ou are more likely to suffer from keloid scarring if it runs in your family as it can be passed on genetically. Selected body parts tend to be more prone to keloid formation such as the chin, shoulders, chest or ears. In addition, most keloid scars do not affect individuals apart from being unsightly, but some may cause itching or pain. In some extreme cases, keloids may even become infected and form ulcers in the skin if it is not treated.
s a result of injury to the tissue, scars tend to form as part of the natural repair process of the body. When this process does not go to plan, unsightly scars will form. The formation of keloids is due to the excessive production of collagen by the skin in response to injury, and is arranged haphazardly into various shapes and forms.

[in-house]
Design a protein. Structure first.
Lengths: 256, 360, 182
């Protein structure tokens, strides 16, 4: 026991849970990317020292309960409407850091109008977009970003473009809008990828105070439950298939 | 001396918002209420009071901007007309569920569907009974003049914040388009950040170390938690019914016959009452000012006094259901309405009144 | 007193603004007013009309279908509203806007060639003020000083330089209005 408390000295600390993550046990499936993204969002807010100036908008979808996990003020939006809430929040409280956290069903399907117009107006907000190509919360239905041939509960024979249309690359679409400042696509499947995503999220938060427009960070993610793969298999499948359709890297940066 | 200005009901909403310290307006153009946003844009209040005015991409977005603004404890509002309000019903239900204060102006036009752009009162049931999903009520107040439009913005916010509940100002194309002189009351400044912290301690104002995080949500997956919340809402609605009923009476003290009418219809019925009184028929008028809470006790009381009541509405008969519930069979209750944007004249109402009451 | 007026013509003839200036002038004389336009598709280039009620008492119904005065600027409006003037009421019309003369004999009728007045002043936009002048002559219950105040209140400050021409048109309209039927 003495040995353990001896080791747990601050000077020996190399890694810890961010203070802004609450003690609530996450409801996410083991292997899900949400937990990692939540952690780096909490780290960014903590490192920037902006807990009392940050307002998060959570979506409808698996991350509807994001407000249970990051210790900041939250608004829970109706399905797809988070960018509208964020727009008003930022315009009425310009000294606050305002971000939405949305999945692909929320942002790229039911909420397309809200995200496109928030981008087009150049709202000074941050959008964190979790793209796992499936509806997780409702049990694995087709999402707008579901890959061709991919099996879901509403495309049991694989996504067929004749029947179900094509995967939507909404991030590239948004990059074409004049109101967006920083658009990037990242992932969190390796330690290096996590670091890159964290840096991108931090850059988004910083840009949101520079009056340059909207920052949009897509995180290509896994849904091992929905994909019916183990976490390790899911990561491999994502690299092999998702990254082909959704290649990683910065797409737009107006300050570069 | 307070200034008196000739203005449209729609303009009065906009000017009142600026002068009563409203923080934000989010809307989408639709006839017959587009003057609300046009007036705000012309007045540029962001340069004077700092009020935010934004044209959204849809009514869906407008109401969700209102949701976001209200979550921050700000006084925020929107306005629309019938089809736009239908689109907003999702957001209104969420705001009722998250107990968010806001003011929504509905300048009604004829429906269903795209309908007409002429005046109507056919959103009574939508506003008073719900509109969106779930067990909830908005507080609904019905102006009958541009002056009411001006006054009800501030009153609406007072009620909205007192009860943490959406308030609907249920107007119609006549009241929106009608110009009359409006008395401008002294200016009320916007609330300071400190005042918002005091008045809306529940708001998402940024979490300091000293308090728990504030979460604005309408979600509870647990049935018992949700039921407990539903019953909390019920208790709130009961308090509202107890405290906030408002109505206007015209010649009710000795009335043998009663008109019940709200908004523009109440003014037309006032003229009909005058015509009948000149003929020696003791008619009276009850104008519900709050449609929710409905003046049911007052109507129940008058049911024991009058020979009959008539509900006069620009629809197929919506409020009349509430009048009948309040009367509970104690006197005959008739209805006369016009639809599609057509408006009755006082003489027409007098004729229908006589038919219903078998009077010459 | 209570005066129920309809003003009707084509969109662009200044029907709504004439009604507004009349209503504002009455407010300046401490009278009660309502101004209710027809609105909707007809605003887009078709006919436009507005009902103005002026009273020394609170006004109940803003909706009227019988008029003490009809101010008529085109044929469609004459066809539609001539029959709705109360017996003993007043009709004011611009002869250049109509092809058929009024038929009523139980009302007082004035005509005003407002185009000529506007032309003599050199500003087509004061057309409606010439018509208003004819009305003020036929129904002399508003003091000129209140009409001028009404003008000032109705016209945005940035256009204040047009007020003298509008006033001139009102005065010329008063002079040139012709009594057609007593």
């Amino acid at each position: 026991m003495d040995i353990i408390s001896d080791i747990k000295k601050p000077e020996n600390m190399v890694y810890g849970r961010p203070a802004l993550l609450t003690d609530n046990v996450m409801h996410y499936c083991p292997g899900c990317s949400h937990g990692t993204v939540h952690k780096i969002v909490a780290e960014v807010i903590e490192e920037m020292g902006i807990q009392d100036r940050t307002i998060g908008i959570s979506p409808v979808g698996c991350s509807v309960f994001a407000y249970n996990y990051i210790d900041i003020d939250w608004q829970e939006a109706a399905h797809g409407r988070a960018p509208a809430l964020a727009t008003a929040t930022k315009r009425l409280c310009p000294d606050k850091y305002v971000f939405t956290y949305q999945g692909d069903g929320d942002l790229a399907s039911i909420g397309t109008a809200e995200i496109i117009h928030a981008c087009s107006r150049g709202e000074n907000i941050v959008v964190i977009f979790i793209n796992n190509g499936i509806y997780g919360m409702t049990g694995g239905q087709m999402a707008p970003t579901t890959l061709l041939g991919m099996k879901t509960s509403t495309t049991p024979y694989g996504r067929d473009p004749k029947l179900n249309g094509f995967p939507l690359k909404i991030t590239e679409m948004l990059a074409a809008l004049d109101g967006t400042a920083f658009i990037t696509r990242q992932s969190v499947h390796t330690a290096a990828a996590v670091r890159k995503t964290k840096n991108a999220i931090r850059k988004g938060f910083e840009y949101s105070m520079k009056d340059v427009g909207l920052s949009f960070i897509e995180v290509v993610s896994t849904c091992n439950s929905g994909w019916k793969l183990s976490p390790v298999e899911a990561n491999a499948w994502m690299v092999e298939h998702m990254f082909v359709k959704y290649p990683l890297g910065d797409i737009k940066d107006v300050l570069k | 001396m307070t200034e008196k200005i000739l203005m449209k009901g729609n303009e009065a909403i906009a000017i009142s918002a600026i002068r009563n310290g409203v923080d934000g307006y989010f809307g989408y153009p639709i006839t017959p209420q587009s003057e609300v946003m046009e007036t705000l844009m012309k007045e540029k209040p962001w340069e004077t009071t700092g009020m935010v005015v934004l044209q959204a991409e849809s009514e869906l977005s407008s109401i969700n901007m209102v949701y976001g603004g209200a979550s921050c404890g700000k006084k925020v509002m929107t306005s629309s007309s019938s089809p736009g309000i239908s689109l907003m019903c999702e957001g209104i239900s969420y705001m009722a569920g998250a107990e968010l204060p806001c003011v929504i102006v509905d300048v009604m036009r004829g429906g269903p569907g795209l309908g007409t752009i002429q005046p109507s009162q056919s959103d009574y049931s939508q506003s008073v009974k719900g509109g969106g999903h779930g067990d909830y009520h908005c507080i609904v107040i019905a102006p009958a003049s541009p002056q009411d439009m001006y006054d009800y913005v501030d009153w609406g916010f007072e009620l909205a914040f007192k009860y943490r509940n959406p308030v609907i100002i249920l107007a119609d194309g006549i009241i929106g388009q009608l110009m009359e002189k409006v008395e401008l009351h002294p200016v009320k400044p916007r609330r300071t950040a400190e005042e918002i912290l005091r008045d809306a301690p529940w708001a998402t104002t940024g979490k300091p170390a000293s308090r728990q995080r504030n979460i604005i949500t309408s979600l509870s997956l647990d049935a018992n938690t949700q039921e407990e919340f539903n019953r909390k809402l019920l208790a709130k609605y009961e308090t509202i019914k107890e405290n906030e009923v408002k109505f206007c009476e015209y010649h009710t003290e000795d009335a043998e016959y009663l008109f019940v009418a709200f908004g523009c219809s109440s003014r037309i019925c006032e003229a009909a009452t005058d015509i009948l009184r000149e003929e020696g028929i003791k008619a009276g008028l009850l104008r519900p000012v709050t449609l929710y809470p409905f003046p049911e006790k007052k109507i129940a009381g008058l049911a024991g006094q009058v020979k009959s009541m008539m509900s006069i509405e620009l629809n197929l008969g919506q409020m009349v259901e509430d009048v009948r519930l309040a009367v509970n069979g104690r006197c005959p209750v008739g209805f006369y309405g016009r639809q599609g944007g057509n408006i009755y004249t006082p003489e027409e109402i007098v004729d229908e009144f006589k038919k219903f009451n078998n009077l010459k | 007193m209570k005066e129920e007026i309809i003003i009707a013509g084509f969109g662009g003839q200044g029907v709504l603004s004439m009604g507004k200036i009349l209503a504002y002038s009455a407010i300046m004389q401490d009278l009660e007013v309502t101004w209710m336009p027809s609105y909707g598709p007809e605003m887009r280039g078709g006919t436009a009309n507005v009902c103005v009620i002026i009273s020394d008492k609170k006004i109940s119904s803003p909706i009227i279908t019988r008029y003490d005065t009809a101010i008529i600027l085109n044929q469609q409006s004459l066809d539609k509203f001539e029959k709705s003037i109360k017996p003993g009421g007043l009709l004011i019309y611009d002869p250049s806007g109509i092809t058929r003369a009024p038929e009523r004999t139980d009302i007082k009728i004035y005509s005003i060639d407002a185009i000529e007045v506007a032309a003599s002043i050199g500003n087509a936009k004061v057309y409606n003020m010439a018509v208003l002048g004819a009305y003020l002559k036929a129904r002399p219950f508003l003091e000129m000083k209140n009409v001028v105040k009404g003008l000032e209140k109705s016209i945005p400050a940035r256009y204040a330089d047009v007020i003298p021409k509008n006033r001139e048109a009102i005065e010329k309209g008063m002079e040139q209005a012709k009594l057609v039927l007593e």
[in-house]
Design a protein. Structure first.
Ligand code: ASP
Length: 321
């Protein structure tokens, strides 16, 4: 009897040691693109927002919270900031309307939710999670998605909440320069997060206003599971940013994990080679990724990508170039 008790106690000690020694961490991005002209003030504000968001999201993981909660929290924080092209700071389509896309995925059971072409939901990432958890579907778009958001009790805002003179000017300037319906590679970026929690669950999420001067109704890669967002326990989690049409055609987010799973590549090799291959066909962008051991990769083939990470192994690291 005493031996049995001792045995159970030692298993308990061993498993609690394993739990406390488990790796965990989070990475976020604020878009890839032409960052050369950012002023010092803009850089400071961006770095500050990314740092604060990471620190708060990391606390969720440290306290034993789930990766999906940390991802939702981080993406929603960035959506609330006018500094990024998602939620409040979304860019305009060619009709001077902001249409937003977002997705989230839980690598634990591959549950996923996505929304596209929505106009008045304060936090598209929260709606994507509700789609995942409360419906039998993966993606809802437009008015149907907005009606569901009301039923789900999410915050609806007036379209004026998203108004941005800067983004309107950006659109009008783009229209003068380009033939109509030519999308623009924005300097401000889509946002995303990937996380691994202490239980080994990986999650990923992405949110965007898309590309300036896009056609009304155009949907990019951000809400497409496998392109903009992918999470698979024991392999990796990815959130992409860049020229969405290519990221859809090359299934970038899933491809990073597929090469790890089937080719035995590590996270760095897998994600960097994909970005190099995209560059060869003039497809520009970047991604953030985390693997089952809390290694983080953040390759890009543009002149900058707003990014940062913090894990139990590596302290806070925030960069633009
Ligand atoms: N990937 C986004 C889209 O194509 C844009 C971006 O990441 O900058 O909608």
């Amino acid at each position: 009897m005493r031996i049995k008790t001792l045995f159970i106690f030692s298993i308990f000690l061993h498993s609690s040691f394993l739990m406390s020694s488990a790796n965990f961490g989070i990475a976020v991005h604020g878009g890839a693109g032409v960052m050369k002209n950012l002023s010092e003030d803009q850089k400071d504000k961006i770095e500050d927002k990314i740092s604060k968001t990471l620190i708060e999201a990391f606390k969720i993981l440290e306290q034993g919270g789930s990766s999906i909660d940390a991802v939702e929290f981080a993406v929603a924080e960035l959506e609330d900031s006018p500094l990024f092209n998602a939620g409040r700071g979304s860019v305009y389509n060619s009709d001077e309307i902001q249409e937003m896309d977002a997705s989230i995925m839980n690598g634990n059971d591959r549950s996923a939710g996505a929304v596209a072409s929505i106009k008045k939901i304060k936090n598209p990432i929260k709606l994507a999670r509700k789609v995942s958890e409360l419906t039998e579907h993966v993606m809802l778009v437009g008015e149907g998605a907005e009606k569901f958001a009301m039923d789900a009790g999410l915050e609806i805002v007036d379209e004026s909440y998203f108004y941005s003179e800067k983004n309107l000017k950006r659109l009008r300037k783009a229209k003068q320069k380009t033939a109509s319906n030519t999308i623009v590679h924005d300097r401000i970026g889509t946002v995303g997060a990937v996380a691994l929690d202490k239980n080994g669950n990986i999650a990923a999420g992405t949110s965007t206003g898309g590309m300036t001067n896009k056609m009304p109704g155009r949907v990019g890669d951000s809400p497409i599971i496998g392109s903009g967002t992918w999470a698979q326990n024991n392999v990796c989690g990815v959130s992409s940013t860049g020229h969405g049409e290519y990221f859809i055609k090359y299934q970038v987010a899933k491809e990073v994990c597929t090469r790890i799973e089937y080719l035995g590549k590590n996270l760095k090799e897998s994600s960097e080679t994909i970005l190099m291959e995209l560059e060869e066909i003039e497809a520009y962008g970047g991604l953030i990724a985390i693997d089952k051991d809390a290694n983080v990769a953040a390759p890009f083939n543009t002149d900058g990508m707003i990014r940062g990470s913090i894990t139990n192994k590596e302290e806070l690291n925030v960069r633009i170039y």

Kenocort (triamcinolone) injections are commonly utilised to treat keloids. It is a safe method that is does not cause much pain as a local anaesthetic (licodaine) is mixed into the injection in order to numb the skin.
Several sessions, approximately 3-4, are needed in order to flatten the keloid, although this may vary depending on the keloid size, how well you react to the treatment or even genetics. It may cause some redness, scabbing or swelling of the skin but this is a minor side effect and should subside within a few days of treatment.
However, it is important to note that although these injections will flatten the keloid, it does not remove the colour left behind.* This can be treated using the Medlite Laser – you can consult your doctor for more information about this treatment.